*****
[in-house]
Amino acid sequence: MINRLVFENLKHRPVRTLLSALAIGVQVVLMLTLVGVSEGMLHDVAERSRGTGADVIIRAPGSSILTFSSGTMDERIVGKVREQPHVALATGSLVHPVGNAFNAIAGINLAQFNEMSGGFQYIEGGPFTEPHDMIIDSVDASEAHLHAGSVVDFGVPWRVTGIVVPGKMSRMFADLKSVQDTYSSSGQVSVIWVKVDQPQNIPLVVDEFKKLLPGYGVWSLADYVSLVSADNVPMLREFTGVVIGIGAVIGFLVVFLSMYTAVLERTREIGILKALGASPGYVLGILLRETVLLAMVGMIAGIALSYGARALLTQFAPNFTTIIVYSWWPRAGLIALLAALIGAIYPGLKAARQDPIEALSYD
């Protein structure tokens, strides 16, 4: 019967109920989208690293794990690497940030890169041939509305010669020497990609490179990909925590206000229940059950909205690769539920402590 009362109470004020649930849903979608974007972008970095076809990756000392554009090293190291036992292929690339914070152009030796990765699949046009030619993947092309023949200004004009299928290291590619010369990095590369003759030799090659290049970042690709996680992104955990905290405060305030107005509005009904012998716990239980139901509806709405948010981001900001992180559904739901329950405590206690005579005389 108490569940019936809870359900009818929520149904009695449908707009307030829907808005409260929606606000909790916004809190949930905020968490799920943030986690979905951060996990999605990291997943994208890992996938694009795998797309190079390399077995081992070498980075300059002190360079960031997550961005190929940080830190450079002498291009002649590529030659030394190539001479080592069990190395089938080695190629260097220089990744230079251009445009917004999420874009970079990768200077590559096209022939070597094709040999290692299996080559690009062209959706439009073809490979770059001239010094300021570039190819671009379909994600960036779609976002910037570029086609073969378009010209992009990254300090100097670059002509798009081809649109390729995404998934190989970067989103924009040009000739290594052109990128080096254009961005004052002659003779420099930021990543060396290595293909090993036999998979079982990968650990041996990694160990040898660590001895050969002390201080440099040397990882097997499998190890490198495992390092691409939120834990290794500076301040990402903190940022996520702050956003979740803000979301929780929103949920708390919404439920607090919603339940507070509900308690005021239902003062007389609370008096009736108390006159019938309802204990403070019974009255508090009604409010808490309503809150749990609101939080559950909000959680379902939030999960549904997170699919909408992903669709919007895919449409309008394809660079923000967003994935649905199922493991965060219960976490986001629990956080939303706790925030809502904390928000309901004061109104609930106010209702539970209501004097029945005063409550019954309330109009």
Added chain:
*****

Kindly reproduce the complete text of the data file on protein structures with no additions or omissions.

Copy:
[in-house]
Amino acid sequence: MINRLVFENLKHRPVRTLLSALAIGVQVVLMLTLVGVSEGMLHDVAERSRGTGADVIIRAPGSSILTFSSGTMDERIVGKVREQPHVALATGSLVHPVGNAFNAIAGINLAQFNEMSGGFQYIEGGPFTEPHDMIIDSVDASEAHLHAGSVVDFGVPWRVTGIVVPGKMSRMFADLKSVQDTYSSSGQVSVIWVKVDQPQNIPLVVDEFKKLLPGYGVWSLADYVSLVSADNVPMLREFTGVVIGIGAVIGFLVVFLSMYTAVLERTREIGILKALGASPGYVLGILLRETVLLAMVGMIAGIALSYGARALLTQFAPNFTTIIVYSWWPRAGLIALLAALIGAIYPGLKAARQDPIEALSYD
């Protein structure tokens, strides 16, 4: 019967109920989208690293794990690497940030890169041939509305010669020497990609490179990909925590206000229940059950909205690769539920402590 009362109470004020649930849903979608974007972008970095076809990756000392554009090293190291036992292929690339914070152009030796990765699949046009030619993947092309023949200004004009299928290291590619010369990095590369003759030799090659290049970042690709996680992104955990905290405060305030107005509005009904012998716990239980139901509806709405948010981001900001992180559904739901329950405590206690005579005389 108490569940019936809870359900009818929520149904009695449908707009307030829907808005409260929606606000909790916004809190949930905020968490799920943030986690979905951060996990999605990291997943994208890992996938694009795998797309190079390399077995081992070498980075300059002190360079960031997550961005190929940080830190450079002498291009002649590529030659030394190539001479080592069990190395089938080695190629260097220089990744230079251009445009917004999420874009970079990768200077590559096209022939070597094709040999290692299996080559690009062209959706439009073809490979770059001239010094300021570039190819671009379909994600960036779609976002910037570029086609073969378009010209992009990254300090100097670059002509798009081809649109390729995404998934190989970067989103924009040009000739290594052109990128080096254009961005004052002659003779420099930021990543060396290595293909090993036999998979079982990968650990041996990694160990040898660590001895050969002390201080440099040397990882097997499998190890490198495992390092691409939120834990290794500076301040990402903190940022996520702050956003979740803000979301929780929103949920708390919404439920607090919603339940507070509900308690005021239902003062007389609370008096009736108390006159019938309802204990403070019974009255508090009604409010808490309503809150749990609101939080559950909000959680379902939030999960549904997170699919909408992903669709919007895919449409309008394809660079923000967003994935649905199922493991965060219960976490986001629990956080939303706790925030809502904390928000309901004061109104609930106010209702539970209501004097029945005063409550019954309330109009």
Added chain: